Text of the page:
Suppressor Ban Lawsuit Filed in Illinois

On Monday, February 27, 2023, two individuals filed suit in an Illinois court to challenge the legality of the suppressor ban within that state, with Illinois as one of eight states that outright bans ownership of suppressors. Outside those eight states, Connecticut is the only state that allows ownership but not hunting with a suppressor, all 41 other states allow for legal ownership.

So, what’s the big deal about two guys suing the state of Illinois to own suppressors, outside the obvious? And what kind of argument do they have? Well, really there are several arguments in their filing that discuss the reasoning behind the lawsuit.

Maxim DRF suppressor pistol
Two Plaintiffs in Illinois filed a lawsuit against state officials challenging the state’s ban on suppressors ownership. Suppressors are currently banned within the state and can result in either Class 2 or Class 3 felony charges. (Photo credit: Maxim)

These residents of Illinois have decided to stand up and push back against what they feel is an unfair law, one which they argue goes against their Second Amendment right to bear arms. These two, one who has lived in Illinois his whole life and one who moved there, are not permitted under state law to own or even possess a suppressor, and depending on where they are, it’s either a Class 2 or Class 3 felony to do so. The second Plaintiff of the case had to legally transfer ownership of his suppressor to family members that reside outside Illinois. They decided to push back.

Historical Basis

In the Complaint filed, the Plaintiffs state that Illinois has criminalized suppressors despite their common use. Suppressors have been used commonly since Hiram Maxim applied for his patent in 1908 for a device that would reduce gunshot noise. He called it a “silencer,” but people who are familiar with them know the misnomer and agree that suppressor is a more appropriate term.

Suppressors have been used across history with firearms. Even President Theodore Roosevelt had a suppressor on his 1894 Winchester. For nearly 25 years after the initial patent for suppressors, the product went unregulated. It wasn’t until the 1934 National Firearms Act that suppressors started to be regulated, but not banned.

Example for ATF Form 4 tax stamp with suppressor
In one of the bases for the Complaint, the Plaintiffs point to the history of the suppressor. For nearly 25 years after the first patent was filed for a suppressor, they went unregulated. It wasn’t until the National Firearms Act of 1934 that suppressor ownership became restricted.

Common Use Arguments

The Plaintiffs lay out reasons that suppressor usage is generally accepted and that suppressors are very infrequently used for criminal activity. In 2017, acting AFT Deputy Director Turk admitted to that fact, stating suppressors “are very rarely used in criminal shootings.” One study showed that suppressor-related prosecutions for a given year were only 30-40 cases out of nearly 80,000 federal cases.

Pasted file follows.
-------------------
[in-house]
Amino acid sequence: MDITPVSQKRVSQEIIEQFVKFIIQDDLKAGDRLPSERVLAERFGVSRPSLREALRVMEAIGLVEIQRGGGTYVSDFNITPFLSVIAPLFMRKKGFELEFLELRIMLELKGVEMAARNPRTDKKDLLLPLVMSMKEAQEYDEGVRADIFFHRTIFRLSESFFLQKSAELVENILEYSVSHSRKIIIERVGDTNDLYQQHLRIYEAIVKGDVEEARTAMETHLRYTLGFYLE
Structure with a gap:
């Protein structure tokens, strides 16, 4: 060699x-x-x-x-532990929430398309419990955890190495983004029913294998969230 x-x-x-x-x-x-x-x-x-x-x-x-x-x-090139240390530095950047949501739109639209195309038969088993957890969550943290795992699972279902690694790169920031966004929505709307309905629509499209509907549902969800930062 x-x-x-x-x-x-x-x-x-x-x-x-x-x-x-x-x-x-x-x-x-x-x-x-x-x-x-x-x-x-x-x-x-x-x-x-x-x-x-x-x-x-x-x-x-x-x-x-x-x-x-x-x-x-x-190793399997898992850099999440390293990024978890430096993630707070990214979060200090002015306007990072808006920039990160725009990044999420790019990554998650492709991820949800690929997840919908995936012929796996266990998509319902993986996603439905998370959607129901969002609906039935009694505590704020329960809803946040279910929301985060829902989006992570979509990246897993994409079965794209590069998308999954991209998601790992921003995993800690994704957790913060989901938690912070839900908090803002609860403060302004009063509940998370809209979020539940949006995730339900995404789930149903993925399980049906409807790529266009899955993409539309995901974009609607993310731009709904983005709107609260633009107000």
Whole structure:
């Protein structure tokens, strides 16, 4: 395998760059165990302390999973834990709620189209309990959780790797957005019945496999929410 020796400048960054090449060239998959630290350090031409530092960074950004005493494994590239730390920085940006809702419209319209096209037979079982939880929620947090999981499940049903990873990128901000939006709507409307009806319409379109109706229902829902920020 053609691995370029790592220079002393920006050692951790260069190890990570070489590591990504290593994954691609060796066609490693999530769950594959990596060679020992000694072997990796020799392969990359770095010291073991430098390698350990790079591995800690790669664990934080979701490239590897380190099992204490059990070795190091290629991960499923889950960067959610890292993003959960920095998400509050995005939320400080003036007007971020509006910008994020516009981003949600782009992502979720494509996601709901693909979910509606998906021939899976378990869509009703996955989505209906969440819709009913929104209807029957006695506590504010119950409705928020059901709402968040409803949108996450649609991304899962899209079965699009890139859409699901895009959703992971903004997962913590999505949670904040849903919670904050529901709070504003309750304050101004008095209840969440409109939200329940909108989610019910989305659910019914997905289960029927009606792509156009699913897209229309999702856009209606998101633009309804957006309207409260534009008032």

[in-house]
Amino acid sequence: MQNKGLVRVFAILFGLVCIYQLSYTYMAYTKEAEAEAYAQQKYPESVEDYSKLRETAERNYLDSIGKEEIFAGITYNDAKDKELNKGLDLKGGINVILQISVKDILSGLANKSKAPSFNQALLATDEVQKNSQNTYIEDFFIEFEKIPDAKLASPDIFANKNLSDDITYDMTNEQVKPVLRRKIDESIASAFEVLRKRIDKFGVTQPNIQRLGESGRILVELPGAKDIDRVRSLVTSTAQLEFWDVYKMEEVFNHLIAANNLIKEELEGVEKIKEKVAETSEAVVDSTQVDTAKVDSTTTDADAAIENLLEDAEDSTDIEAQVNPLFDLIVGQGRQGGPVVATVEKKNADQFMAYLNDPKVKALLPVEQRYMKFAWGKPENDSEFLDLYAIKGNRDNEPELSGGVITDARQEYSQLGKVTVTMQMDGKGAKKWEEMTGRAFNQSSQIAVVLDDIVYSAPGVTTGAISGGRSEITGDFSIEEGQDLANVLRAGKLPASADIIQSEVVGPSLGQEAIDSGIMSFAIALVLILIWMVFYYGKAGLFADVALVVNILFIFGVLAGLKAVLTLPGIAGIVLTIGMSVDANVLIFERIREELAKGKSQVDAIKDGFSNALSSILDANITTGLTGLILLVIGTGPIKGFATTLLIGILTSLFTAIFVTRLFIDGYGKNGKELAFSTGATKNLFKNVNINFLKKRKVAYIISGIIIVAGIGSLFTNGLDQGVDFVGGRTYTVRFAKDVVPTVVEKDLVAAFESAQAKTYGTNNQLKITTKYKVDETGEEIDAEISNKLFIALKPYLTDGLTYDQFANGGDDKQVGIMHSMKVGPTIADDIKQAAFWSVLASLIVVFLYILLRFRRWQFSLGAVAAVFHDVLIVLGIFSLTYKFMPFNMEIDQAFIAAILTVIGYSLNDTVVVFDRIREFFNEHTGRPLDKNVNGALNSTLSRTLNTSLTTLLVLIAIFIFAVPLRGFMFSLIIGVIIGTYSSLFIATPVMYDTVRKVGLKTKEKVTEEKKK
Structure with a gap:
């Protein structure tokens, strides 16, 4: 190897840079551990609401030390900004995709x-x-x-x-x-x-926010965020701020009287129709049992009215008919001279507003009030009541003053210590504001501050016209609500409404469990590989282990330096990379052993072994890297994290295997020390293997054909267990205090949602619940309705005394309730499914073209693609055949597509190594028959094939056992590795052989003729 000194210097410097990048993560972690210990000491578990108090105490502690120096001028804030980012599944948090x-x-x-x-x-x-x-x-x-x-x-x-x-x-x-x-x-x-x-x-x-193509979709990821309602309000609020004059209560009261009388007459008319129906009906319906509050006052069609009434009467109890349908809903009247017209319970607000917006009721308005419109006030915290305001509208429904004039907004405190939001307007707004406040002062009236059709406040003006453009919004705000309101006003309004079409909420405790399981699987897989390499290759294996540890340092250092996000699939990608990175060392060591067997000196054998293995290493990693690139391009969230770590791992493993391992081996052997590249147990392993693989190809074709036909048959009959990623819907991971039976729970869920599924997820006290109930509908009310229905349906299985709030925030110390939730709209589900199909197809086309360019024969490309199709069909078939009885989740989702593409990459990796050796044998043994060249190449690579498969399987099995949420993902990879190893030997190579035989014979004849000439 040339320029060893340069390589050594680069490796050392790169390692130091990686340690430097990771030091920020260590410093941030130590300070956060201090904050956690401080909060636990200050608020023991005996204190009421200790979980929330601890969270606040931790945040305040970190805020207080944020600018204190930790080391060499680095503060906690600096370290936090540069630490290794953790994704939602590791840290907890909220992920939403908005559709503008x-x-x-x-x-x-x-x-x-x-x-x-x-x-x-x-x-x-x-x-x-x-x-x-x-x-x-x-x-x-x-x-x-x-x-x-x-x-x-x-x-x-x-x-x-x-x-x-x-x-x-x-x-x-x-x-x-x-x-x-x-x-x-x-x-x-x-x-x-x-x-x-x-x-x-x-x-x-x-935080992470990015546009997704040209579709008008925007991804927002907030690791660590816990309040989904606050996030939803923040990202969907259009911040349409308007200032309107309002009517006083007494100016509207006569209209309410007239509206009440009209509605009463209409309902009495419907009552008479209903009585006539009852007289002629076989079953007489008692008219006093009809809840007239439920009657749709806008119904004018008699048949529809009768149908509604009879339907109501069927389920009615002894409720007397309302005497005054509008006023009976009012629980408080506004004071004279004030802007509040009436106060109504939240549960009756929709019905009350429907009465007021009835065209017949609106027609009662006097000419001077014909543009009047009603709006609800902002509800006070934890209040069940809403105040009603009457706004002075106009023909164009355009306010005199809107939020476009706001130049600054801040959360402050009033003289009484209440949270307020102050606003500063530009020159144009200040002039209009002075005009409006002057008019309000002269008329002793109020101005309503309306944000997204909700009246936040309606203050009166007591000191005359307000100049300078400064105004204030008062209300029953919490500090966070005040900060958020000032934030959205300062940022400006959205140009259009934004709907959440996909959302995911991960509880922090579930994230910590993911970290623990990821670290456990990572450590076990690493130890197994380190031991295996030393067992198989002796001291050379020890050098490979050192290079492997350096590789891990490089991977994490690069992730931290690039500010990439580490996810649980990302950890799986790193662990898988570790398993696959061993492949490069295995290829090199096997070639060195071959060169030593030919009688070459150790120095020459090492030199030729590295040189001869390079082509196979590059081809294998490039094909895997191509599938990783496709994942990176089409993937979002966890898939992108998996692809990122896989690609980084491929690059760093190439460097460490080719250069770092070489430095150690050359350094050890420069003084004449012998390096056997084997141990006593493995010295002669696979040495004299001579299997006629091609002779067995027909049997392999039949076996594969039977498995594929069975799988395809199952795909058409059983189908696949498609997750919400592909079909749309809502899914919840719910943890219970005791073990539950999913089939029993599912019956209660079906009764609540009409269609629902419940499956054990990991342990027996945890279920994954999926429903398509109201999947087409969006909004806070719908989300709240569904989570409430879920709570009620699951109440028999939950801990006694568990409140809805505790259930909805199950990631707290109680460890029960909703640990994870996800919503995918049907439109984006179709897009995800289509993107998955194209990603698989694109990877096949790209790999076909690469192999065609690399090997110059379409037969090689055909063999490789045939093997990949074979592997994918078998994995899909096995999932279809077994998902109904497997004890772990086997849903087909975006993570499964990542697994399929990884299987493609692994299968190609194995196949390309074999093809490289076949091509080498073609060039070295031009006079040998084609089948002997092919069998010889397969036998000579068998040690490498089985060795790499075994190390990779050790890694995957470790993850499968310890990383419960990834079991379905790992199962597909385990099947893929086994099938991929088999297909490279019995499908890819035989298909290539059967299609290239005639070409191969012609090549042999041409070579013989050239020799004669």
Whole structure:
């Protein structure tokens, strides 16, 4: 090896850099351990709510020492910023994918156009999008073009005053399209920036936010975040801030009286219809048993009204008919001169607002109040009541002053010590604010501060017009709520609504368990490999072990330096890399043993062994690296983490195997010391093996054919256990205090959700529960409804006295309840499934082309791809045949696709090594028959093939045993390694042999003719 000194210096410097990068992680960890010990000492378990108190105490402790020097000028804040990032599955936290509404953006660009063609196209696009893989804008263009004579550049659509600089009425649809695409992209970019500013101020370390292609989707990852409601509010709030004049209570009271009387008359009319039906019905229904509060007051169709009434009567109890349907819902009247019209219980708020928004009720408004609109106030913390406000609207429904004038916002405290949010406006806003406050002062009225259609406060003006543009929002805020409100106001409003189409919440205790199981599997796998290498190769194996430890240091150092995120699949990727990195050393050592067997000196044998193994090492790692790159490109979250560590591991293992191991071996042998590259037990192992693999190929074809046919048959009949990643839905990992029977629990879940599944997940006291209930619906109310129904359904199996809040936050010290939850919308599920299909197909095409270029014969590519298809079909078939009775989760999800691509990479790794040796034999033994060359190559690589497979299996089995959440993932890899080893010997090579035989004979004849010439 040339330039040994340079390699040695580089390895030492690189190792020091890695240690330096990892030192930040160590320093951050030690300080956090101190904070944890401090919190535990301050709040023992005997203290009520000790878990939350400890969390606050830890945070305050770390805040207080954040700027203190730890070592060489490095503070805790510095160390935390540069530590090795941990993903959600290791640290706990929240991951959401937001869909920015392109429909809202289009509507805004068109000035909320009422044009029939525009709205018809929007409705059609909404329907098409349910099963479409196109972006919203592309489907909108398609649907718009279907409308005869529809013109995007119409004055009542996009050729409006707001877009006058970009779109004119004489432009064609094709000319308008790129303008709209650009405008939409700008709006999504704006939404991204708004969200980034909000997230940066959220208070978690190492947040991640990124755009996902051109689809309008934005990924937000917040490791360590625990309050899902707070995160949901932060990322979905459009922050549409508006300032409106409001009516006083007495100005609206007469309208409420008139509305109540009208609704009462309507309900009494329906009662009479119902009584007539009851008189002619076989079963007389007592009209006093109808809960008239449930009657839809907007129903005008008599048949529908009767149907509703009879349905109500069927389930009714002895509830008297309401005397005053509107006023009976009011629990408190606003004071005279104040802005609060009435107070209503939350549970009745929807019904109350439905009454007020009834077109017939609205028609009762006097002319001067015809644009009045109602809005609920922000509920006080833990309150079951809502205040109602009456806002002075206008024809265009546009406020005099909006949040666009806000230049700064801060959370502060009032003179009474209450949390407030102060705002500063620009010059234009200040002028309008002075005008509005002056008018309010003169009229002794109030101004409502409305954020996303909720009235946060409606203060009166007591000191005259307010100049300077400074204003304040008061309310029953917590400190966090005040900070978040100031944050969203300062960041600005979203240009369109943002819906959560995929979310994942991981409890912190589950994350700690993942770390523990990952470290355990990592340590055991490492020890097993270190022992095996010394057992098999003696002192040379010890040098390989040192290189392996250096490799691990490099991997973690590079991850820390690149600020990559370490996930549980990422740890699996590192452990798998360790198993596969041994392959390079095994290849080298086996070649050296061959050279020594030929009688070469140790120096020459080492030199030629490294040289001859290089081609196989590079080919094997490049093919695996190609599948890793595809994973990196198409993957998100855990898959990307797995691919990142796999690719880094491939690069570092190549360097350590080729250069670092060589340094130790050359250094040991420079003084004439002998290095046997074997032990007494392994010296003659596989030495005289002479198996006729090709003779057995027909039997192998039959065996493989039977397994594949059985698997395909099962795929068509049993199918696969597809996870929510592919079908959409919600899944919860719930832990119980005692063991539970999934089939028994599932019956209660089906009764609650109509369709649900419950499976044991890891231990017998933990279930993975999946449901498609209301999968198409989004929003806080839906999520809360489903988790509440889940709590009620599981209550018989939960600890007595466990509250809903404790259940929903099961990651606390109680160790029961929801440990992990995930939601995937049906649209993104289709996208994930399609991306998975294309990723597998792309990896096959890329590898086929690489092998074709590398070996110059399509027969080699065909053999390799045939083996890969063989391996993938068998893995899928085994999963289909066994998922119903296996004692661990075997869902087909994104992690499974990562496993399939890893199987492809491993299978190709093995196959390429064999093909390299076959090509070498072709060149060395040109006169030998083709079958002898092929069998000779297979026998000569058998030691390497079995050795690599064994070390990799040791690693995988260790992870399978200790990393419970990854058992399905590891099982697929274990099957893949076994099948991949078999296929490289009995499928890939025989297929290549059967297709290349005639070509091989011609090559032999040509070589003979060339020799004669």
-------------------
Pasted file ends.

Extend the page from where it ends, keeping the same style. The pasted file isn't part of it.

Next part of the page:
The Plaintiffs continue to state that ownership is beneficial and increases the safety of firearm use with five common and practical uses of suppressors. The first reason they give is for hearing protection. When suppressors are not used, the decibel levels from gunfire are above hearing safe, which we all know, and prolonged exposure leads to hearing loss. However, if a suppressor is used, the decibel levels are reduced to safer levels.

Secondly, suppressors are used to protect hunters and those around them. Reports have shown that up to 95% of adult hunters say they don’t wear hearing protection while hunting. Using a suppressor would protect their hearing while maintaining situational awareness.

United States map for suppressor ownership
The Complaint points to common uses of suppressors from around the country and world as a basis for the overturning of the law. Within the US, 42 states allow for ownership and 41 states allow for hunting with a suppressor. (Photo credit: American Suppressor Association)

Third, suppressors are used as a common courtesy to reduce noise in communities. Suppressors don’t silence gunshots by any stretch of the imagination, but they keep the sound down to acceptable levels to reduce the levels of noise pollution in neighborhoods. Maxim stated that was one of the reasons for his invention. In other countries around the world where suppressor ownership is legal, it’s almost seen as rude to shoot without a suppressor. I have to agree.

Fourth, suppressor ownership and usage provide for safer training and make the firearm more accurate. The suppressor mitigates at least some of the recoil from the firearm, helps with muzzle flash, and gives the shooter better control over the weapon. There are many instructors that employ suppressors in their courses to help new shooters get comfortable and reduce the propensity of the shooter to develop a flinch in response to the recoil. Additionally, suppressors help with situational awareness and allow the students to hear commands and warnings easier making the overall situation safer.